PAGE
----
How 'Moneyball For Business' Can Solve Your Employee Engagement Woes


Knowing what drives your employees isn't just optional for businesses that want to keep wotkers engaged, and keep them from leaving. It's essential.

That was the message from Brandon Kinsey, owner and president of Houston-based Kinsey Management LLC, who spoke to an audience of solution providers Monday during XChange 2019.

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Kinsey used the example of "Moneyball," the book and movie chronicling how data analytics became pivotal for team-building at the Oakland Athletics (and ultimately, in all of baseball). He urged the solution providers in attendance to bring a "Moneyball for business" approach to their talent base--where data from sources such as the Predictive Index can be used to understand where the disconnects are between employees, managers and organizations overall.

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"It's not about trying to make people 'happy,'" Kinsey said during XChange 2019, held this week in Las Vegas and hosted by CRN parent The Channel Company. "You have to make them feel valued. They have to feel like what they're doing matters. We have to show them that the work is valuable and it actually means something."

Kinsey tackled the four major areas where employees tend to become disengaged—around job fit, manager fit, culture fit and team fit.

If you design each role carefully—and then hire for the role and continue making investments to inspire the employee—"you can keep these four forces of disengagement at bay," Kinsey said.

All of these issues can be addressed by analyzing the results of the Predictive Index, which determines what most drives each employee and what they don't care as much about, Kinsey said.

"Any time you have people who are more highly engaged, productivity and profits are higher," Kinsey said.

Disengagement, on the other hand, can cost more than $50,000 when lost productivity and the expense of finding a replacement is taken into consideration.

Each employee and manager will have some mix of drives for dominance (influence), extraversion (social interaction), patience (consistency and stability) and formality (conforming to rules and structure)--and this unique mix of drives is revealed by the Predictive Index results, Kinsey noted.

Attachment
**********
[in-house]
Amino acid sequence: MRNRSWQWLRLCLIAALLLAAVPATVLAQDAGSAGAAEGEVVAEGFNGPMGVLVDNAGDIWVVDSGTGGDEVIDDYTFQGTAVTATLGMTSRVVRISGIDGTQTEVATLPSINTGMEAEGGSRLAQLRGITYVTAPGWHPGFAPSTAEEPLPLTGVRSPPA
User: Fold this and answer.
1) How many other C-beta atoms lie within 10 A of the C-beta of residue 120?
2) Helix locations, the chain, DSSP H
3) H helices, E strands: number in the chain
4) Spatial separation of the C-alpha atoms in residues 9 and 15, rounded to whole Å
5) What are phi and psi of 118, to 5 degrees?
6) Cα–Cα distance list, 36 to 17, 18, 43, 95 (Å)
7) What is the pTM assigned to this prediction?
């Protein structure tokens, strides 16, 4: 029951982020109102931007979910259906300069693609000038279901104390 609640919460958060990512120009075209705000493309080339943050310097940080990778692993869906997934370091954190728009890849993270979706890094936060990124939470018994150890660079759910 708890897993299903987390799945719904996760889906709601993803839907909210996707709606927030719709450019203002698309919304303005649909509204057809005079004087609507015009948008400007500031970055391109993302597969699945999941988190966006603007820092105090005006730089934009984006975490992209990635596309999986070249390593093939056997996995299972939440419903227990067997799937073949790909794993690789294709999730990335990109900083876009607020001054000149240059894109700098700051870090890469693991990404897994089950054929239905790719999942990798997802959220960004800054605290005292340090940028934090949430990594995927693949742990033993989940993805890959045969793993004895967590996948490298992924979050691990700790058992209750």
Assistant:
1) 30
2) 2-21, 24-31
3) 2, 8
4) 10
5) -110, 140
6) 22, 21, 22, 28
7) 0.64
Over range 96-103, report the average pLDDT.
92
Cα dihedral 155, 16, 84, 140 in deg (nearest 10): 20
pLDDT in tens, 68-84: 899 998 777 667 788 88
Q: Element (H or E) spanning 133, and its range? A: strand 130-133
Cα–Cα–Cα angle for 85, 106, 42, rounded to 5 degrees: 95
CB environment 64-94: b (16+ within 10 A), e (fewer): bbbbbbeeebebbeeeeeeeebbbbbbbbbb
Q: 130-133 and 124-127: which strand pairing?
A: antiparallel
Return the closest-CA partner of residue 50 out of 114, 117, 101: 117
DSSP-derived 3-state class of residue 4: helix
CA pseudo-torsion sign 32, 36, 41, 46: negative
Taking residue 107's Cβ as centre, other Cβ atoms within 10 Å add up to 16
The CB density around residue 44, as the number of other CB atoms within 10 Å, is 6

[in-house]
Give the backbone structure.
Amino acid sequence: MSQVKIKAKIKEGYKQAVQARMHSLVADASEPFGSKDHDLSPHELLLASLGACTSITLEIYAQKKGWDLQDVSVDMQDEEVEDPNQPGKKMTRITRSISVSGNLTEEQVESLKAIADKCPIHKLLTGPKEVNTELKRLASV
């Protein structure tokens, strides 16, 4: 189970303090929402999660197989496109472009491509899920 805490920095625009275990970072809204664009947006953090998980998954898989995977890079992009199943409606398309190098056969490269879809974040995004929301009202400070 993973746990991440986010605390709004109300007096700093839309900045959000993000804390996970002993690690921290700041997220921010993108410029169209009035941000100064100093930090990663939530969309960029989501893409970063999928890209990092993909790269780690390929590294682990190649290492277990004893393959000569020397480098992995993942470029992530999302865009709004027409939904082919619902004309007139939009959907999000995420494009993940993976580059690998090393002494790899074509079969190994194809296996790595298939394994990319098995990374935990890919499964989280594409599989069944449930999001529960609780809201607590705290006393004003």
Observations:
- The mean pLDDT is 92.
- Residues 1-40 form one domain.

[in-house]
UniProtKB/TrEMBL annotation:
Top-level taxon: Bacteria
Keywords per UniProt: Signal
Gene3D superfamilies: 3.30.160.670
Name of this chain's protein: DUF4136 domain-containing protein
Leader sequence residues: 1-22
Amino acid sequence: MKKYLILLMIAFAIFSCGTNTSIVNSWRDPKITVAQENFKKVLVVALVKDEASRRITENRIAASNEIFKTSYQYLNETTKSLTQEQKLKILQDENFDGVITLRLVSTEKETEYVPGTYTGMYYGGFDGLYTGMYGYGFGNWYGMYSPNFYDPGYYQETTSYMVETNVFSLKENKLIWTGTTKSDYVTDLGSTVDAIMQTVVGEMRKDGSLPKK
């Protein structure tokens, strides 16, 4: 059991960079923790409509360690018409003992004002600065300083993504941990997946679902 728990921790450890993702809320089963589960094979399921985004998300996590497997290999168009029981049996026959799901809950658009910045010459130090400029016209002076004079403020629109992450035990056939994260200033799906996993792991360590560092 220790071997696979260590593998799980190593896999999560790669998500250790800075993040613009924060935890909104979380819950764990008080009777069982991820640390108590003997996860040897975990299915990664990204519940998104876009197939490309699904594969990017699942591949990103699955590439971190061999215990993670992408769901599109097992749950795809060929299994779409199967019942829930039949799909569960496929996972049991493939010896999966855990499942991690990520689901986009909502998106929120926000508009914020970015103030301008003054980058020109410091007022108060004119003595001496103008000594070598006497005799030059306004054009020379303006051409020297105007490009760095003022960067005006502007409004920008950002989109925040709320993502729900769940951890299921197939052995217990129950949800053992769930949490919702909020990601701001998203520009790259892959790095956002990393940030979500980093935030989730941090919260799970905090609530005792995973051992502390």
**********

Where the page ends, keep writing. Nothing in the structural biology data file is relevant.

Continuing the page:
Diagnosing the reasons that an employee or manager's productivity is sagging can sometimes just come down to comparing the employee's Predictive Index results with their manager's, Kinsey said. For example, the results might predict that a certain employee will have an especially hard time with being micro-managed, suggesting that they should not be matched with a manager who has these tendencies based on their own Predictive Index results.

Measuring, analyzing and using this data is a proven way to address employee engagement issues, but the organization’s talent strategy must be worked on and expanded continuously, Kinsey said. "You can't just do it once a year," he said.

Juan Fernandez, vice president of managed IT services at Oklahoma City-based ImageNet Consulting, told CRN that "the greatest opportunity that we have in business is to really harness the power of people."

"The solutions will sell themselves, products sell themselves. It's not about that. It's about creating quality, effective teams, and using the data to actually scatter plot your employee engagement," he said.

Fernandez said he plans to stay in touch with Kinsey, because "if I could help the rest of my sales teams engage with my technical teams, and with management teams, and know whether or not we're going to be successful, that would really help us in our go-to-market strategy."

Fernandez said he's sold on the idea of using data in this way to "improve the employee experience, improve work-life balance, make everyone really want to come to work, and really deliver a product that will help us see the next 100 years of being a company. This is huge for me."